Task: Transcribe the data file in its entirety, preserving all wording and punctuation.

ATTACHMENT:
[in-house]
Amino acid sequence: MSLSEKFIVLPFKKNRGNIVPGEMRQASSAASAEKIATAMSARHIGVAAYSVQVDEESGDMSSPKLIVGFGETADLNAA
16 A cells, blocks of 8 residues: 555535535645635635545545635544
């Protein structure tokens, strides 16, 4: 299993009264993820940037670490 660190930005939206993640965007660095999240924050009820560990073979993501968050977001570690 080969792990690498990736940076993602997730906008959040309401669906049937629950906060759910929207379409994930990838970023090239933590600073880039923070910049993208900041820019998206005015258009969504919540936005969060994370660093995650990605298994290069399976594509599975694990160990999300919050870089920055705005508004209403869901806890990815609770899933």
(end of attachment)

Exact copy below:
[in-house]
Amino acid sequence: MSLSEKFIVLPFKKNRGNIVPGEMRQASSAASAEKIATAMSARHIGVAAYSVQVDEESGDMSSPKLIVGFGETADLNAA
16 A cells, blocks of 8 residues: 555535535645635635545545635544
């Protein structure tokens, strides 16, 4: 299993009264993820940037670490 660190930005939206993640965007660095999240924050009820560990073979993501968050977001570690 080969792990690498990736940076993602997730906008959040309401669906049937629950906060759910929207379409994930990838970023090239933590600073880039923070910049993208900041820019998206005015258009969504919540936005969060994370660093995650990605298994290069399976594509599975694990160990999300919050870089920055705005508004209403869901806890990815609770899933």